Legislators anxious to start filing bills for 2020 session
Work continues at the state Capitol, as we inch closer to the bill request deadline in December. Everyone’s getting anxious to start filing bills.
Since my last article, we’ve held two more Health Care Working Group meetings. In the first meeting, we had three speakers from different hospitals.
Dr. Kayse Shrum, President of the OSU Health Sciences Center and Secretary of Science and Innovation in Governor Stitt’s Cabinet, talked about OSU’s efforts to create a pipeline for medical students and to help increase access to healthcare in rural Oklahoma. In addition to figuring out ways to increase the number of physicians in rural areas, which is a major problem in Oklahoma, OSU has also utilized Project ECHO to better educate rural primary care physicians on how to treat and prevent various medical issues.
Jay Johnson, President and CEO of Duncan Regional Hospital, and Chuck Spicer, President and CEO of OU Medicine, discussed the functions, missions, history and payor mixes of their health systems as well as the unique challenges of both rural and urban hospitals. They also shared their perspectives on how to maximize federal dollars to shore up struggling hospitals and improve health care in Oklahoma.
During the last meeting, we heard how two of Oklahoma’s tribal governments are addressing health issues among their citizens. Presentations were made by the senior advisor and policy analyst for the Chickasaw Nation Division of Health, and the senior policy analyst from the Office of Self-Governance for the Choctaw Nation of Oklahoma.
Due to scheduling conflicts, we won’t have a meeting this coming week. However, our plan is to try to have a few more meetings. Unlike interim studies, working groups don’t have a deadline when they must be completed.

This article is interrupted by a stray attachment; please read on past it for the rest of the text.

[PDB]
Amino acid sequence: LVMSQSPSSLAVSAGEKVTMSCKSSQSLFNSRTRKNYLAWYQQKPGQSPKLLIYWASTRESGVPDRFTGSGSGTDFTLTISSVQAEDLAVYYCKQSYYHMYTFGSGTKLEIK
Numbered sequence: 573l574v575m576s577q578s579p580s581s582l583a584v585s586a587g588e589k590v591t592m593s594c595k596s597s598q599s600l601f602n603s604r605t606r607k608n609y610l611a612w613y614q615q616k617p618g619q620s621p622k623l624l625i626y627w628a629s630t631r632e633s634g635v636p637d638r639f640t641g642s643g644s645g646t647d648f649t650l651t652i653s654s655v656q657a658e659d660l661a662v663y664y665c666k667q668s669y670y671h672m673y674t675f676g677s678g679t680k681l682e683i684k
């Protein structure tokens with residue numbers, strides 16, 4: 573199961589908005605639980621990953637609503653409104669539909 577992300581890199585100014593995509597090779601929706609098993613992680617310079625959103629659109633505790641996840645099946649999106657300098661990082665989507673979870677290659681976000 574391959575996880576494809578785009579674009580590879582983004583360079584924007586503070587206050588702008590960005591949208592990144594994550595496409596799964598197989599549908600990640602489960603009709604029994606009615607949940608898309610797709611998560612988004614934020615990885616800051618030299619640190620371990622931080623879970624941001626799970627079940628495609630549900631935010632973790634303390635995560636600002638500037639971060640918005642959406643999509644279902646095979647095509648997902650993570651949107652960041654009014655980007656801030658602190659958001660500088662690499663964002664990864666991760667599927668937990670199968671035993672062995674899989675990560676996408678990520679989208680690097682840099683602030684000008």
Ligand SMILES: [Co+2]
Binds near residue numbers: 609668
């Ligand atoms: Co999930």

So far, there are at least 20 more interim studies planned between now and Friday, Nov. 8, which is the deadline to have all studies wrapped up. These will cover, among other topics, the cost of prescription medications, medication assisted treatment for addiction, accessing Community Reinvestment Act funds, personalized learning, cellular and electronic devices in state prisons, fines and fees in the criminal justice system, Farm to Table reforms, urban agriculture and retirement security.
On Monday, I spent some time with new DHS Director Justin Brown and a couple of members of his team from Oklahoma City. We visited with DHS workers in both the Ponca City and Newkirk offices. Director Brown’s visit was very well received and it’s obvious to me he has a great vision for DHS and its workers, along with the many Oklahomans it serves.
Earlier this month, I also traveled to Dallas for a meeting I initiated between the National Association of Broadcasters (NAB) and the Oklahoma City Convention and Visitors Bureau (CVB). Each year, NAB rotates the city that hosts the national radio convention known as The Radio Show.
I wanted them to hear from Oklahoma City about the new Omni Hotel and new Convention Center being built and for them to take a look at moving this show to Oklahoma City. The folks with the CVB gave an excellent presentation and put Oklahoma City on their radar for future conventions. The national radio convention typically attracts about 2,000 attendees annually.
I recently invited Senate Pro Tem Greg Treat to Ponca City to speak to the Ponca Politics Committee of the Ponca City Area Chamber of Commerce. We want to thank him for taking time out of his busy schedule to drive up here to visit with us.
You can contact me at the state Capitol by calling (405) 521-5581 or by email at email@example.com.